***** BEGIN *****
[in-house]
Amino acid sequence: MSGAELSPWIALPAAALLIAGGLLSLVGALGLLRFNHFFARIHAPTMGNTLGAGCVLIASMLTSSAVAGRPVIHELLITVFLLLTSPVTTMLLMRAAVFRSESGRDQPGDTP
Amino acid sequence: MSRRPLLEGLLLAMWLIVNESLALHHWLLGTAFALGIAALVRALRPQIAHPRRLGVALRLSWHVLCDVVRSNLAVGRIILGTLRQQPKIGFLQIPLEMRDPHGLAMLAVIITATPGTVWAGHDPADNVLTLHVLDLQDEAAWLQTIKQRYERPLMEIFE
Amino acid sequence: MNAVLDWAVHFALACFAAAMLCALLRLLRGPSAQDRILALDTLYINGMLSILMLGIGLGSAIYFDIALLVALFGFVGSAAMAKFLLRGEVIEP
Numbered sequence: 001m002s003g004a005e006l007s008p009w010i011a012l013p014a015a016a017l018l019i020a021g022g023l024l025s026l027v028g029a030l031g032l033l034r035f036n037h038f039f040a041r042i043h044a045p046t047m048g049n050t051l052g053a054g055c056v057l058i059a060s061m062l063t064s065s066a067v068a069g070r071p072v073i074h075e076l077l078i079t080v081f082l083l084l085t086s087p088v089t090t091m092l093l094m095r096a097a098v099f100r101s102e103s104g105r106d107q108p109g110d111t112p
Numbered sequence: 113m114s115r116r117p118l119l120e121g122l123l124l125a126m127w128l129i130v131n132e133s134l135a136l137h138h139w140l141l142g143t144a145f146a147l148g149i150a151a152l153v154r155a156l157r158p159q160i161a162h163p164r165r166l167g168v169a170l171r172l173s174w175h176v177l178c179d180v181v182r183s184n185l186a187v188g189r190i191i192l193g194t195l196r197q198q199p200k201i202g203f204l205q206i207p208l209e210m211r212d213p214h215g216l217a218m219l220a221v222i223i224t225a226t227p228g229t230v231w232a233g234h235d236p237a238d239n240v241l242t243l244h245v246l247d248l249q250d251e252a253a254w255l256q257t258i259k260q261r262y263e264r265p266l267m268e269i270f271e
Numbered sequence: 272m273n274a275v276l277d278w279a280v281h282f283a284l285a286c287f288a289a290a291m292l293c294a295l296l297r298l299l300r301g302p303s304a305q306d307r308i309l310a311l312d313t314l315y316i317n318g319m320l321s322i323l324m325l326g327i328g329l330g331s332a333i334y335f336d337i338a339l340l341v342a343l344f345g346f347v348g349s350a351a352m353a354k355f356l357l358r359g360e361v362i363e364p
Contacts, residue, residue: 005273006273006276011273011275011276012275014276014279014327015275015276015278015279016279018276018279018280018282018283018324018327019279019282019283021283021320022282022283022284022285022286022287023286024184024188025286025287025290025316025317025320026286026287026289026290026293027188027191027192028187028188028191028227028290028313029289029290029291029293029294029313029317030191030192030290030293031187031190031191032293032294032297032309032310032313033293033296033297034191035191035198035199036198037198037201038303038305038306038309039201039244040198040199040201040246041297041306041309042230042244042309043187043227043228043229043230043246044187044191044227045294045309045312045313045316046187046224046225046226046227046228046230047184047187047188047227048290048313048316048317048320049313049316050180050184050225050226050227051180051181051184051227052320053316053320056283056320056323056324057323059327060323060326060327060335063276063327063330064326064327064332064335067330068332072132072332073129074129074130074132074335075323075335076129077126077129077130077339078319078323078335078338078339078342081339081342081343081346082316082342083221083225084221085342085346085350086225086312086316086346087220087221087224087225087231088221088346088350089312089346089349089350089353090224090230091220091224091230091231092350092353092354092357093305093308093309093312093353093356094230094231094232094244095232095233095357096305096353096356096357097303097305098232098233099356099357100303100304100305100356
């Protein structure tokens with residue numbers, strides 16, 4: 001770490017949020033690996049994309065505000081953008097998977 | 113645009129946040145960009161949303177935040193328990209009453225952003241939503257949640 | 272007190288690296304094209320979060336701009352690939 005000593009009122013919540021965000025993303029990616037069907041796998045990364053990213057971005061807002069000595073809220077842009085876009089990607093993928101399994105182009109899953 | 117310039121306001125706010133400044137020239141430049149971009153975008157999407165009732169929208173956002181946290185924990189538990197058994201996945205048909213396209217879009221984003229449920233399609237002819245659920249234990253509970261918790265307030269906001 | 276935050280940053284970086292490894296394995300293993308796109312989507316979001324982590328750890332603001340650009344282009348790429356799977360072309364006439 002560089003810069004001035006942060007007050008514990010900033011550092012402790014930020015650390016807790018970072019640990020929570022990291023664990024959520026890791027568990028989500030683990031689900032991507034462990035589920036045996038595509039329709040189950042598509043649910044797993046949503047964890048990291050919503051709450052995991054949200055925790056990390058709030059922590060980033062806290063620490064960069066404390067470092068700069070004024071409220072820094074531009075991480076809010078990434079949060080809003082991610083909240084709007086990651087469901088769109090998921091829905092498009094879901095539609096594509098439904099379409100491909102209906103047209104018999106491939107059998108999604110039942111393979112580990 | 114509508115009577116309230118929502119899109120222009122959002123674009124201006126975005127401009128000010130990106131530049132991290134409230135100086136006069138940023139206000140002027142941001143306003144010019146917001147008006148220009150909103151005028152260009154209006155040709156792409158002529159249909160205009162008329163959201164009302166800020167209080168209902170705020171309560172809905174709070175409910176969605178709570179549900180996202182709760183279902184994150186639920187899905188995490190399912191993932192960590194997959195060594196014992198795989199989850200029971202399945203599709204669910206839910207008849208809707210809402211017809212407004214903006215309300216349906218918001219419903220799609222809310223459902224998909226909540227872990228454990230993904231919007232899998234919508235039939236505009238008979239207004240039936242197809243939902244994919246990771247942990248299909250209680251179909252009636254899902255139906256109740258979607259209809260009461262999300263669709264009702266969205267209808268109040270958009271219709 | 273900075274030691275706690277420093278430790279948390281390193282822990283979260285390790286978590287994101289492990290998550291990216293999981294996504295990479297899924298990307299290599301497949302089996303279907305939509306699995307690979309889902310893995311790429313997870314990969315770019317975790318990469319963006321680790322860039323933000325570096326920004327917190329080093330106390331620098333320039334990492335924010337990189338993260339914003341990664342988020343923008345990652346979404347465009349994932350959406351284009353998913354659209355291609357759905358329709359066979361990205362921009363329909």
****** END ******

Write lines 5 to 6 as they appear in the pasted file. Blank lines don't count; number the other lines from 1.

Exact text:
Numbered sequence: 001m002s003g004a005e006l007s008p009w010i011a012l013p014a015a016a017l018l019i020a021g022g023l024l025s026l027v028g029a030l031g032l033l034r035f036n037h038f039f040a041r042i043h044a045p046t047m048g049n050t051l052g053a054g055c056v057l058i059a060s061m062l063t064s065s066a067v068a069g070r071p072v073i074h075e076l077l078i079t080v081f082l083l084l085t086s087p088v089t090t091m092l093l094m095r096a097a098v099f100r101s102e103s104g105r106d107q108p109g110d111t112p
Numbered sequence: 113m114s115r116r117p118l119l120e121g122l123l124l125a126m127w128l129i130v131n132e133s134l135a136l137h138h139w140l141l142g143t144a145f146a147l148g149i150a151a152l153v154r155a156l157r158p159q160i161a162h163p164r165r166l167g168v169a170l171r172l173s174w175h176v177l178c179d180v181v182r183s184n185l186a187v188g189r190i191i192l193g194t195l196r197q198q199p200k201i202g203f204l205q206i207p208l209e210m211r212d213p214h215g216l217a218m219l220a221v222i223i224t225a226t227p228g229t230v231w232a233g234h235d236p237a238d239n240v241l242t243l244h245v246l247d248l249q250d251e252a253a254w255l256q257t258i259k260q261r262y263e264r265p266l267m268e269i270f271e